Here are my top eight best practices for creating better internal audit reports that hit the mark:
Audit Objective: ensure that the audit objective addresses the risks to the goals and objectives of the organization. It should drive the risk identification and assessment; and be a foundation for the audit workplan and the conduct of the audit. And ultimately, is it the statement upon which the audit concludes.
Audit Workplan: the steps in the audit workplan should address all the audit objectives and sub-objectives. These steps should be supported by stated and accepted criteria; able to be executed; and, when executed, will allow you to conclude on the sub-objective(s).
Finding Statement: Institute of Internal Auditors list the 5Cs (Criteria, Conditions, Cause, Consequence and Corrective Action) of a finding statement. Ensure every finding statement includes all elements and that they are linked (e.g., consequence is based on condition and criteria). If you find a situation where you are not able to find one of the “C’s” (e.g., cause), you need to work more.
Assurance: auditors generally report exceptions; however, their role is to provide assurance on the existence and effectiveness of internal controls. Assurance can be positive or negative. Data analytics allow audits to provide a high-level assurance on both positive and negative assessments producing a more balanced report.
Recommendation: The primary aim of the audit report is to provide assurance to management that the risks are being mitigated. When this is not the case, then the report should drive management to implement effective management action plans. This includes preventive, detective, and corrective action. The audit recommendation should be linked to the audit objective, address the root cause, cost less than the consequence of not acting, and address the highest levels of risk.
Reports: First, the report should not contain any surprises. The management of the area being audited should be informed and aware of audit results as they happen. This allows the auditors to confirm their results and work with client management to develop appropriate recommendations. Second, audit reports to a variety of management functions and different levels, each with their own unique reporting requirements. Management of the audited area needs details regarding the cause; corporate senior management needs to understand the impact/consequences to determine their risk appetite and decide on the actions to be taken; and the Board needs a higher-level picture of the totality of the audit results (e.g., executive summary). Also, readers are different in how they process and understand information. The use of charts, graphs and other visualizations can improve the report’s readability.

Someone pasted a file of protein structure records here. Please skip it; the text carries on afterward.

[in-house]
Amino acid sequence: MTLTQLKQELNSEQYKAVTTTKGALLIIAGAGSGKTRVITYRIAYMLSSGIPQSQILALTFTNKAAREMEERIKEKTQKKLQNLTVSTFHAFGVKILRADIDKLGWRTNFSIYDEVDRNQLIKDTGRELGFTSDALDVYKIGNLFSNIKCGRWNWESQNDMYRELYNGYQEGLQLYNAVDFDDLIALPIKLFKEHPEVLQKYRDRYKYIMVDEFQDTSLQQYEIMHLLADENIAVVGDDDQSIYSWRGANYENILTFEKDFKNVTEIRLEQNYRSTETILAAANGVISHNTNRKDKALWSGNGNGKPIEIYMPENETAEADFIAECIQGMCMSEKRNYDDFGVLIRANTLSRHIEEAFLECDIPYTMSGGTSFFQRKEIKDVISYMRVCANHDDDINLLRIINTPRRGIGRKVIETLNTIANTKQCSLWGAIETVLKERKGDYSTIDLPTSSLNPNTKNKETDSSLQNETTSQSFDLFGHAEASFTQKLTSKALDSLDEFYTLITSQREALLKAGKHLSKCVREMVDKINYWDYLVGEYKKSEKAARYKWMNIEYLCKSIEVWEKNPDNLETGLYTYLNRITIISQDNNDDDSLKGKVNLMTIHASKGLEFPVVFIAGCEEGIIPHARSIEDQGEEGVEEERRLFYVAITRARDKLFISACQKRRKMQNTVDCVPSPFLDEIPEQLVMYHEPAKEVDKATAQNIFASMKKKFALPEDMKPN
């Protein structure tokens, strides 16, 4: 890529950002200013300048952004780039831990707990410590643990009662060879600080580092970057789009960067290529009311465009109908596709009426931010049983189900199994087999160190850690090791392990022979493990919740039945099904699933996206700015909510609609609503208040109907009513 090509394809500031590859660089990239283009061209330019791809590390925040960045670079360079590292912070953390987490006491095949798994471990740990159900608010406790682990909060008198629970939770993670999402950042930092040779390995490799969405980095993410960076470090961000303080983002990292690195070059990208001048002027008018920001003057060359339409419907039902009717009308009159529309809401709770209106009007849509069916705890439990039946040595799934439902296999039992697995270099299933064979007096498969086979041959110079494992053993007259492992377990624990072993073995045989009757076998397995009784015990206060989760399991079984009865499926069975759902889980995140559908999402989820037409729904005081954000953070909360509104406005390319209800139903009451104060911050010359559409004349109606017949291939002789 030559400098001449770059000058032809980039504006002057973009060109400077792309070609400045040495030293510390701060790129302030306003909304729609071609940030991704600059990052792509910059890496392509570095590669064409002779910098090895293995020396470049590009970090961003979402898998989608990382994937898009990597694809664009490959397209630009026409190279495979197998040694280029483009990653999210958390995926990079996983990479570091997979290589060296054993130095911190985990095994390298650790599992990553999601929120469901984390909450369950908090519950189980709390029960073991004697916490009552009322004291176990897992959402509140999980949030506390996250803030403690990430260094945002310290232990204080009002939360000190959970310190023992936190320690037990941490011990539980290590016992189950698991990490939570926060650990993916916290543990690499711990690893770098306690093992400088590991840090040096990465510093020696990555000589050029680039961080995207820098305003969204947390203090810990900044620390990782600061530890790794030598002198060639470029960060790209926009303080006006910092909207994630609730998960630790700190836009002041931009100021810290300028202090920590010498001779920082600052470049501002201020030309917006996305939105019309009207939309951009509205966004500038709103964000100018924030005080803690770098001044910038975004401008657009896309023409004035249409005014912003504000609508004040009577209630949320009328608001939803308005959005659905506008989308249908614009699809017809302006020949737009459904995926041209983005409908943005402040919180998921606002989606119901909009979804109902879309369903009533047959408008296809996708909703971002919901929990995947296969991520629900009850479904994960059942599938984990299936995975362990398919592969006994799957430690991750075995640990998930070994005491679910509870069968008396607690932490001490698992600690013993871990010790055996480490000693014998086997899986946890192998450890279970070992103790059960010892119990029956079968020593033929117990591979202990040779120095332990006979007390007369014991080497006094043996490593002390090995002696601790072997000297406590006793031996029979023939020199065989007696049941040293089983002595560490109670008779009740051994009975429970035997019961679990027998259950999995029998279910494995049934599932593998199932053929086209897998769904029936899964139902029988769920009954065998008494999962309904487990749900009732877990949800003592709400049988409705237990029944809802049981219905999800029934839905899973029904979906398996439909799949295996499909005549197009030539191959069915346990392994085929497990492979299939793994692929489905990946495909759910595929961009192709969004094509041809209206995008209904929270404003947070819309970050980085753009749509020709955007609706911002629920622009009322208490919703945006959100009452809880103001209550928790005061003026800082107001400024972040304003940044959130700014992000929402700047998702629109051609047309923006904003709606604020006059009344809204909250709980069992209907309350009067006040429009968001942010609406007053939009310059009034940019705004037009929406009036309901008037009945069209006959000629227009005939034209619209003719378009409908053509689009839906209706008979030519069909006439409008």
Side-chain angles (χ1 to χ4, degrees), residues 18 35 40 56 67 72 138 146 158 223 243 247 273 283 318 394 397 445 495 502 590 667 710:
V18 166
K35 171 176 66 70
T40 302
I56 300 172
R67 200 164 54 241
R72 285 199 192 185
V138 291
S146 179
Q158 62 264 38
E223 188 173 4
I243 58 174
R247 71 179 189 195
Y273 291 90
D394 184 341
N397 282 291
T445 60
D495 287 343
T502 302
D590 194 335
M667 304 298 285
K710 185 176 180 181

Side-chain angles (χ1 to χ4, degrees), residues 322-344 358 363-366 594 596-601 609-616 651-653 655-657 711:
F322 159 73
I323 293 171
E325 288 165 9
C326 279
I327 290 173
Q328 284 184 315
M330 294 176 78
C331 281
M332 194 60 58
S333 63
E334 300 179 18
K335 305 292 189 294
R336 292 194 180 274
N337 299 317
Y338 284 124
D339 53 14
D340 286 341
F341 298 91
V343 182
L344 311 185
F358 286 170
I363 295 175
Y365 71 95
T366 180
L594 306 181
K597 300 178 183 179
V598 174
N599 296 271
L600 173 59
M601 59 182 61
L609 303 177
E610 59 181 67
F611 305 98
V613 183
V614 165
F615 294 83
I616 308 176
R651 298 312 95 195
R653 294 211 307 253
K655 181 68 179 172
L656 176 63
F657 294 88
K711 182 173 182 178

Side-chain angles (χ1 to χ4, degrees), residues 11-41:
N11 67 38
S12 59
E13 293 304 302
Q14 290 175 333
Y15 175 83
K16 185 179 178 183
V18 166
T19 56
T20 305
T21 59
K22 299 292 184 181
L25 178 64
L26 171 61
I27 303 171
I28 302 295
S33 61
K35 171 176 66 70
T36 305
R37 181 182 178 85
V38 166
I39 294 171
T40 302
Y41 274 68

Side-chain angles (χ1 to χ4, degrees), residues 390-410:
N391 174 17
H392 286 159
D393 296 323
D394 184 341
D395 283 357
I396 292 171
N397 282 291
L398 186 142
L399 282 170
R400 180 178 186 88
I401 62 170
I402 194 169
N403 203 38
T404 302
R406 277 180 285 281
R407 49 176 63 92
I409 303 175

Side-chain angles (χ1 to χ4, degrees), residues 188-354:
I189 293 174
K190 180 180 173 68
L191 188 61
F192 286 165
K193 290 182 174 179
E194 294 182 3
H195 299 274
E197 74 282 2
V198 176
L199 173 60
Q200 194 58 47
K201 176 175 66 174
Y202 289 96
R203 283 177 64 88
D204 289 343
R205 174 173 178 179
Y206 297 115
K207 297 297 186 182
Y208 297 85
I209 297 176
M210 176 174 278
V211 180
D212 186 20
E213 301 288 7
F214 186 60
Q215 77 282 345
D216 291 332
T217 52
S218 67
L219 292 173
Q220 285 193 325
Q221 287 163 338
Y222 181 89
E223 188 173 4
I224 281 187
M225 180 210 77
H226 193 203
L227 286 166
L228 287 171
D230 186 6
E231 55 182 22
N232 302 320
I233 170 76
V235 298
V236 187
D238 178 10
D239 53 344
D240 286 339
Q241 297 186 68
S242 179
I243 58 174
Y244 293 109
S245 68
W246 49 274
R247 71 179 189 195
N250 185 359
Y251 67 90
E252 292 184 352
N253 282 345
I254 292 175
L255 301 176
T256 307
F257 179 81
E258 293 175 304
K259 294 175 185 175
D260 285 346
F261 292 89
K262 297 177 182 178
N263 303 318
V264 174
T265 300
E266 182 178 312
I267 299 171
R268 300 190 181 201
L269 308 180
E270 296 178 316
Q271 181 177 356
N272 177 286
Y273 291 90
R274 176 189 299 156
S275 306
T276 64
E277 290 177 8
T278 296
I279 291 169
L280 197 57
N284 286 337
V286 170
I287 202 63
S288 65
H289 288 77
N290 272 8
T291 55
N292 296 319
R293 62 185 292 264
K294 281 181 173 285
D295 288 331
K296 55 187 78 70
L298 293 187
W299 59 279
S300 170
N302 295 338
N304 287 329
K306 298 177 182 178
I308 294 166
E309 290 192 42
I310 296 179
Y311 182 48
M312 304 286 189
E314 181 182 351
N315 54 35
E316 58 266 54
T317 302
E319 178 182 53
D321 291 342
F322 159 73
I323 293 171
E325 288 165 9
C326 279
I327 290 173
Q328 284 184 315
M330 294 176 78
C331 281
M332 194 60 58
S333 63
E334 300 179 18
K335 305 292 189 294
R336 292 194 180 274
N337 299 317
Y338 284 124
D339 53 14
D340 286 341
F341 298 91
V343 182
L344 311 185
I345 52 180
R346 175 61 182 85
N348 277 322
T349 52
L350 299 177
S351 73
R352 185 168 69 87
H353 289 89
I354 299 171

Note: An executive summary should provide a more complete, higher-level view, of the audit in its entirety. It is not simply a (shorter) restatement of the findings. It provides context, overall impact, and a call for action.
Timely: If the audit is truly addressing areas of high-risk, then the final product needs to be timely. By keeping management informed throughout the audit, the findings can be validated sooner and, often, management will begin working on the corrective action before the report is even issued.
Data analysis: analytics should be integrated and support every step of the audit, from the planning and risk assessment to the reporting and follow-up. Analytics should be link to specific audit objectives and part of the audit workplan – not an add-on. Maximize the use of analytics to improve the efficiency, effectiveness and scope of the audit and provide a quantified, defensible impact statement. The successful implementation of analytics will add significant value to the internal audit function and your ability to support the goals and objectives of senior management.
Dave Coderre, CAATS.ca
This article has 2 Comments
I know my favorite of these eight “best practices” should be Data analysis, but I have to say I am drawn to the concept of positive or negative Assurance. I love that a well-designed audit, like testing a hypothesis, can provide solid assurance that your controls are working.
Investigators can benefit from this as well by ruling out areas that do not show obvious exceptions and moving on to ensure that all company/agency areas have the chance to be examined.
I agree. I had a hard time keeping down to eight. There are some many places where auditors can moev away from value-add.